Professor John Robinson
Strategic Research Advisor

Introduction

I am a cellular immunologist and have been on the academic staff in Newcastle since 1977, sequentially in the departments of Anatomy, Immunology, and then Microbiology and Immunology. I joined the Musculoskeletal Research group in 2002 which was incorporated into the Institute of Cellular Medicine in 2008. I have combined research in immunology with teaching both anatomy (1977-1996) and immunology (1977-present).

Memberships

British Society for Immunology (since 1975)

Informal Interests

I play and study 16th and 17th century lute music and am an honorary life member of The Lute Society [www.lutesoc.co.uk]. For my lute activities see: www.lutesoc.co.uk/pages/john-robinson

Research Interests

Our currently funded research projects are (i) the impact of glycosylation on T lymphocyte recognition in collagen-induced arthritis, which has led to collaboration with Catharien Hilkens in the Musculoskeletal Research Group and John Isaacs in the Immunotherapy Centre to develop protocols to prevent or cure collagen induced arthritis by experimental vaccination with tolerogenic dendritic cells; and (ii) proteoglycan-induced arthritis focussing on the role of matrix degrading enzymes as well as the role of B lymphocytes in the induction of T lymphocyte-mediated pathology in collaboration with Andrew Knight in the Applied Immunobiology Research Group and the impact of arginine-to-citrulline conversion on antigenicity in collaboration with Fai Ng in the Musculoskeletal Research Group.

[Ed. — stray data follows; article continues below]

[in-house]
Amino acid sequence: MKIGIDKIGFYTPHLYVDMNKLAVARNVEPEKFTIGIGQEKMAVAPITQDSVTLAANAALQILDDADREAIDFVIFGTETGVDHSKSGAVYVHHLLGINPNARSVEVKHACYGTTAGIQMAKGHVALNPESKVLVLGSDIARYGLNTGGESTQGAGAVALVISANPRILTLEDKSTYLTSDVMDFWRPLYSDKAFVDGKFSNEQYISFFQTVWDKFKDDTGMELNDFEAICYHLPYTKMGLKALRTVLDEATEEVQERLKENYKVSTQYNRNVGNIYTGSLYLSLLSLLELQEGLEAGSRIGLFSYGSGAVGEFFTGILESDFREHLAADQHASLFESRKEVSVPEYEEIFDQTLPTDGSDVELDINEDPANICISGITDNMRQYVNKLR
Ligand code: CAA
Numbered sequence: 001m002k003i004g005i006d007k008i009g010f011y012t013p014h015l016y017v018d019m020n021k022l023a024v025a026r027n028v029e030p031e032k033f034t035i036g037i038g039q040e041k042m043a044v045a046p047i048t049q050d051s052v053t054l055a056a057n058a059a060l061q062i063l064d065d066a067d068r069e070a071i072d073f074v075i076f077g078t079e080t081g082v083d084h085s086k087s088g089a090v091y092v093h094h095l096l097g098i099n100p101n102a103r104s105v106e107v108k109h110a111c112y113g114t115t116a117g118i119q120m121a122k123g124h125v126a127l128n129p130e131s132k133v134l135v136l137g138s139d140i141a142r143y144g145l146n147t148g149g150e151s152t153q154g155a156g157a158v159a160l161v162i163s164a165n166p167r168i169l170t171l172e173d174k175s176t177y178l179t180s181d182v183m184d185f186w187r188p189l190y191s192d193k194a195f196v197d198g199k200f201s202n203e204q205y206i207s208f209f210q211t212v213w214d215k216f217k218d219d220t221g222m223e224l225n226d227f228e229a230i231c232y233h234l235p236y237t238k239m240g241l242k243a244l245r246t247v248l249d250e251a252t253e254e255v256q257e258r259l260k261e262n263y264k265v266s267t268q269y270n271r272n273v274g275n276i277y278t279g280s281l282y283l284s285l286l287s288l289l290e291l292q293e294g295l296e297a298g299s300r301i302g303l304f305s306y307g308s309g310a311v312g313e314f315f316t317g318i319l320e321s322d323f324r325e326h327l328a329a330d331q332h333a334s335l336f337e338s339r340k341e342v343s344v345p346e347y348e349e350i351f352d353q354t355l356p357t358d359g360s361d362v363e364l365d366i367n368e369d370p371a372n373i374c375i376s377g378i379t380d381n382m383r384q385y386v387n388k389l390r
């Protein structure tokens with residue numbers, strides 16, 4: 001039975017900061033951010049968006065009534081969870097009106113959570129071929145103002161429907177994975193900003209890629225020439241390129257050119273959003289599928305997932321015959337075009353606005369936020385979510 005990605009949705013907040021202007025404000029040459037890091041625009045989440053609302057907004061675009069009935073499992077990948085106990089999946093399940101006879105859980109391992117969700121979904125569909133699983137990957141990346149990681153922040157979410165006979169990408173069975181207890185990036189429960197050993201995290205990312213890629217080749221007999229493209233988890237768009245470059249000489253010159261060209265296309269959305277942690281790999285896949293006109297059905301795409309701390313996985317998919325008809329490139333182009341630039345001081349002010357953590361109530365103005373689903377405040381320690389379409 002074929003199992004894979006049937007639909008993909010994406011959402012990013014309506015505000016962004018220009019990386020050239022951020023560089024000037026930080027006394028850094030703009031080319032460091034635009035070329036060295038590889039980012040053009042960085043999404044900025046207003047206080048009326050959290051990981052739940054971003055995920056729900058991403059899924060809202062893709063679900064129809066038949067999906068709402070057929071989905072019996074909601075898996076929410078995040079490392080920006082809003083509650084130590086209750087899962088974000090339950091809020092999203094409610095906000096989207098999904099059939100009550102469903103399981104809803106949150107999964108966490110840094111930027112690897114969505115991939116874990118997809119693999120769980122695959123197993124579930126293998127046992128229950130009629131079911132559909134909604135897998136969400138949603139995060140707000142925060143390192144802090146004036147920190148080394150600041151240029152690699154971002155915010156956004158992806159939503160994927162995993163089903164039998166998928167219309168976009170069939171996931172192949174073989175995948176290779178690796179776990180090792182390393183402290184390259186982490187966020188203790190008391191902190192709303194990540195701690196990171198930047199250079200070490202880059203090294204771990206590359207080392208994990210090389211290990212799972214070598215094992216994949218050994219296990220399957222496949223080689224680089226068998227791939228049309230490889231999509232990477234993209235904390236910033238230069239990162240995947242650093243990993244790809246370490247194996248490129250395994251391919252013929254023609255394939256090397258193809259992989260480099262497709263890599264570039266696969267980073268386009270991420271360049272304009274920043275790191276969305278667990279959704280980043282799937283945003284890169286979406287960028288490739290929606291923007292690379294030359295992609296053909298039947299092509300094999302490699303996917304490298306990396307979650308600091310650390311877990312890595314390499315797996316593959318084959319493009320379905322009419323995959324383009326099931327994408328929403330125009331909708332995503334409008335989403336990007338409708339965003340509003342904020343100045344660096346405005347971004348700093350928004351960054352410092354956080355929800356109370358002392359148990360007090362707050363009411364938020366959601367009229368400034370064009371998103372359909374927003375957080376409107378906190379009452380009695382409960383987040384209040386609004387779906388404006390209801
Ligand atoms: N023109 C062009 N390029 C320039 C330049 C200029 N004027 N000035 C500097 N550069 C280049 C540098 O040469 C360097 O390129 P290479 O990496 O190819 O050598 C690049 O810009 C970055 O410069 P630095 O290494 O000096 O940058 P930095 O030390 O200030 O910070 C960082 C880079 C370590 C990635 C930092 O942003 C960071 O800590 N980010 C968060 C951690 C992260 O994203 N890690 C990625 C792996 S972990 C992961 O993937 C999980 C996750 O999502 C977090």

Animal models are a useful approach to identify important immune mechanisms and potential therapies for translation to the clinic. We focus on the use of ‘humanised’ mice that are transgenic for the Rheumatoid Arthritis-associated genetic markers HLA DR1 and HLA-DR4 and we are particularly interested in novel cellular therapies for the treatment of patients with Rheumatoid Arthritis.

Other Expertise

We are also funded to define human T lymphocyte recognition sites (epitope mapping) within the sequence of candidate vaccine antigens of human pathogens using HLA-transgenic mice funded by programme grants 2004-9 and 2010-15 from the National Institutes for Health (NIH) [as contributor to the Immune Epitope Database and Analysis Resource (IEDB) - see www.immuneepitope.org/home.do].

Postgraduate Teaching

Module leader and teacher for the MRes module Research Trends in Musculoskeletal Disease